The furthest you can drive into Point Nepean is the Gunners Cottage, which is just about halfway between Fort Nepean and Quarantine Station. You can catch a shuttle bus from Quarantine Station or Gunners Cottage and get a ride to the points of interest along the way to Fort Nepean. The bus is $10 for a hop-on hop-off service on the day of purchase. Tickets can be purchased from the driver via cash or credit card. The bus departs from Quarantine Station about every half hour from 10:30 a.m. to 3:30 p.m. Visit the site for current timetables and shuttle bus stops.

Alternatively, you can walk to Fort Nepean from either starting point. There are several walking tracks in Point Nepean with varying landscape and points of interest along the way. Most of the walks are easy and several are wheelchair accessible. We decided to take the jaunt to Observatory Point. It has incredible views of Port Phillip Bay and the actual point of Point Nepean. You will also see the remnants of the former cattle quarantine jetty, which gives a haunting but beautiful glimpse into the past.

Fingal Picnic Area

Fingal Picnic AreaThe Fingal Picnic Area is located on the southwest coast of Mornington Peninsula near Cape Schanck. It is a great spot to enjoy nature and eat some lunch. The area has electric barbecues, toilets and several picnic tables set in a large forest with tall trees.

There are also several walking tracks nearby. The trails lead to Selwyn Lookout (700 m), Fingal Beach (1.5 km), Gunnamatta Beach (4.8 km) and the Cape Schanck Lighthouse (2.8 km). However, unlike most nature trails in Australia, the paths at Fingal Picnic Area are poorly labeled, so be sure you are aware of where you are headed and how to get back. I’m honestly not sure what trail we ended up on, but we did get a few glimpses of the coastline from between the many trees and shrubs along the path. And keep an eye out for wildlife. We saw a Blotched Blue-tongue Lizard and several birds during our walk.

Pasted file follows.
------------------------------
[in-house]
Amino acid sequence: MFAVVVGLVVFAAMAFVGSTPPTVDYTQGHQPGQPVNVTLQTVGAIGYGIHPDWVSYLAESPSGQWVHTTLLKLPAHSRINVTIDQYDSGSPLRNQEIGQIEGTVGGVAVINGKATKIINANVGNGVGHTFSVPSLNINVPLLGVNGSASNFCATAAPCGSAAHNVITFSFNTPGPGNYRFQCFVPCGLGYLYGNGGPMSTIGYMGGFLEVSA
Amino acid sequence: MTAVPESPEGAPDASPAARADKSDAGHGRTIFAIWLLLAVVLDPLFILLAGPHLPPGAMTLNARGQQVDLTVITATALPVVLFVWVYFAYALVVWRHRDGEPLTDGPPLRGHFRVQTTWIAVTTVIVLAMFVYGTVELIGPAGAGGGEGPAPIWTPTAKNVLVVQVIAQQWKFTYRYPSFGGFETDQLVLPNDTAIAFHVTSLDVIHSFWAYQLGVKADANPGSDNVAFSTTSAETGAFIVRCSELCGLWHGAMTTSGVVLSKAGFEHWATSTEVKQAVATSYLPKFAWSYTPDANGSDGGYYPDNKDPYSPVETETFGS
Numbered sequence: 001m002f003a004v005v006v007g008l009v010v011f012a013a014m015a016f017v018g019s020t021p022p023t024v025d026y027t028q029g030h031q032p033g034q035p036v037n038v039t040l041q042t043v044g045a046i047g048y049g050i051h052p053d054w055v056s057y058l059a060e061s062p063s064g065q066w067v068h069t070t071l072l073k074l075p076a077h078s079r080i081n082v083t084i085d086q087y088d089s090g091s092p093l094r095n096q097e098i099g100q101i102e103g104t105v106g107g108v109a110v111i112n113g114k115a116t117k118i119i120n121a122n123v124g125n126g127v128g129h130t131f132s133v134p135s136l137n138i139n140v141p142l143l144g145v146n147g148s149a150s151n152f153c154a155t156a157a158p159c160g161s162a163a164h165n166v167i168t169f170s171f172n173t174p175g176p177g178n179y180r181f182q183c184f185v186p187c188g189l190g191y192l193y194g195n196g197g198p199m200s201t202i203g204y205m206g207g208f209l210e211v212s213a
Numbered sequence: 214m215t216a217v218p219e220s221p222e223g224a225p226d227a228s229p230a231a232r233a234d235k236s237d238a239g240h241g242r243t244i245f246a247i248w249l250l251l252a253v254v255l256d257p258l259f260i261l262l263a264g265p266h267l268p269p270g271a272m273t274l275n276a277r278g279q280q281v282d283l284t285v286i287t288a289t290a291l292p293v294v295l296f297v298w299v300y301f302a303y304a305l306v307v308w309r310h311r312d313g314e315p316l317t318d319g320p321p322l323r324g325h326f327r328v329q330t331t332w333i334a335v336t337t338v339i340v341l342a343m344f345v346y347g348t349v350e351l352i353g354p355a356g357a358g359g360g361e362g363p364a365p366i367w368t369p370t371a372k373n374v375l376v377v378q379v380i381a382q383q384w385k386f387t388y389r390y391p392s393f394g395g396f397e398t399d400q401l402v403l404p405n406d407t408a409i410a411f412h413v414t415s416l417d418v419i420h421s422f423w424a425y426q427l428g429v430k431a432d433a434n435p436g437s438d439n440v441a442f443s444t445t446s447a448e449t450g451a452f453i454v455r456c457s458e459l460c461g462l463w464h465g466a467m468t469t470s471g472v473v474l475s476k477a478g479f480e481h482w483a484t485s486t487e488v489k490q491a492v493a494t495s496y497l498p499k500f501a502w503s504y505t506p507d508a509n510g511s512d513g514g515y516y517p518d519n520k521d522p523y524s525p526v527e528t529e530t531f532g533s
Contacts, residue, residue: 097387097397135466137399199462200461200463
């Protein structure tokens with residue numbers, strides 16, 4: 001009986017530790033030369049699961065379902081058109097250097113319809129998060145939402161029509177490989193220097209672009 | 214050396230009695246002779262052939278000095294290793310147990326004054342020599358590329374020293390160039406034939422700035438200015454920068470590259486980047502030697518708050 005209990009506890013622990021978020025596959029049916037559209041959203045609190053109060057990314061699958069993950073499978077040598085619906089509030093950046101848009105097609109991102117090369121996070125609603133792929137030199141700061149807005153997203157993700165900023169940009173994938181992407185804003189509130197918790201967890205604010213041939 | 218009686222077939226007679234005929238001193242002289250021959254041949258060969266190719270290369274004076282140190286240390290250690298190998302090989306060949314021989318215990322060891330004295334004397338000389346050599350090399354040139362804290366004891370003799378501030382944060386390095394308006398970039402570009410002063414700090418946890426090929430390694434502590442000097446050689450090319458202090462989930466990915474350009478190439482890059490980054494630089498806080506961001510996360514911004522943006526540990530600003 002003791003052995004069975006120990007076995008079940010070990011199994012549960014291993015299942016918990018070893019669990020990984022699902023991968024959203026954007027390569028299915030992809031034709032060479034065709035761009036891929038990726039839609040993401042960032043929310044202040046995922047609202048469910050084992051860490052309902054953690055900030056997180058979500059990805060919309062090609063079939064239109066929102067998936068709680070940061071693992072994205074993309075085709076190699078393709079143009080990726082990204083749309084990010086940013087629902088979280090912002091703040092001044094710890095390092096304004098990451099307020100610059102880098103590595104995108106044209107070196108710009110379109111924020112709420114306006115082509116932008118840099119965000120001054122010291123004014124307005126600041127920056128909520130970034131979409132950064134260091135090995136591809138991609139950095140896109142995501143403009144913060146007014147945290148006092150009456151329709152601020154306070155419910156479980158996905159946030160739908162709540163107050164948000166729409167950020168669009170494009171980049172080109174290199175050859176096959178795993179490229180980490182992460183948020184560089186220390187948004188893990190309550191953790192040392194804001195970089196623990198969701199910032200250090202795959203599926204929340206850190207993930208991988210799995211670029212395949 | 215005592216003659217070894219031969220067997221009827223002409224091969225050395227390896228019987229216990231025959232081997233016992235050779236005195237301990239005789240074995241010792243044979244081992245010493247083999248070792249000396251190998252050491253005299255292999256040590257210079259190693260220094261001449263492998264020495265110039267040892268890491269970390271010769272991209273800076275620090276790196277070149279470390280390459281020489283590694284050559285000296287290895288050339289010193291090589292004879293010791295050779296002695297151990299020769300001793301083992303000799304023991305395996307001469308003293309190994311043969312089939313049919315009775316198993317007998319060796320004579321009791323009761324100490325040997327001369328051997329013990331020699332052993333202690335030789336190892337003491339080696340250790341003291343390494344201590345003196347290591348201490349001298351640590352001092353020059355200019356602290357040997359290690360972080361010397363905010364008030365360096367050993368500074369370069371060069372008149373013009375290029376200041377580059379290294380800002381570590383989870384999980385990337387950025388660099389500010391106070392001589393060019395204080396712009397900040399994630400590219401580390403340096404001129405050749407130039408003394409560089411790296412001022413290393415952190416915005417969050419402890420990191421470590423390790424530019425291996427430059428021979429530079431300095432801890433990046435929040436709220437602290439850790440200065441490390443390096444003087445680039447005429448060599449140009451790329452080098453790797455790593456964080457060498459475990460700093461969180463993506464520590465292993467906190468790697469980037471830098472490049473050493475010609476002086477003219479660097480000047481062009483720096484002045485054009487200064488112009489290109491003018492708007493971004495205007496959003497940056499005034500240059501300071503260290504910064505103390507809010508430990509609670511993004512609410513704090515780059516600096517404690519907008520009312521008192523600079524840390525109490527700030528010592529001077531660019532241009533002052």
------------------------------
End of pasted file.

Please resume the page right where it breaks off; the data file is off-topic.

Arthurs Seat

View from Arthurs SeatArthurs Seat is the highest peak of Mornington Peninsula and offers incredible views of Port Phillip Bay and the peninsula. The mountain was named by Lieutenant John Murray in 1802. The summit also has a large green chair, which is appropriately labeled Arthur’s Seat. There are also several picnic spots in the area. Arthurs Seat is located near the peninsula’s north coast in the western third of Mornington Peninsula. While the view from the summit is stunning, I think the views from Murray’s Lookout, which was established in 1929 to commemorate the man who named the mountain, just down the road are even better. There are less trees in the foreground, which provides a more expansive view with less interruptions.


Dee's KitchenDromana is one of my favorite little towns on the Mornington Peninsula. It is a charming town with a nice beach, colorful bathing boxes and my favorite café, Dee’s Kitchen.

The café has delicious food, tasty coffee and friendly staff. It is a great little spot and a wonderful place for a quick snack or lengthy meal while visiting the peninsula. They have a deli, an extensive menu and lots of yummy desserts. Make sure you try the sticky date pudding; it is scrumptious! Dromana is on the northern coast of Mornington Peninsula, just northeast of Arthurs Seat.

Travel Tips

Figure out ahead of time what you want to see in Mornington Peninsula so you can pick the most practical route to optimize your time. But don’t stick to a rigid schedule. Some of the best views we had were from stopping at different lookout points and beaches along the road. And don’t stress about petrol or food; there are several towns in the peninsula where you can stop and refuel your car and your bellies.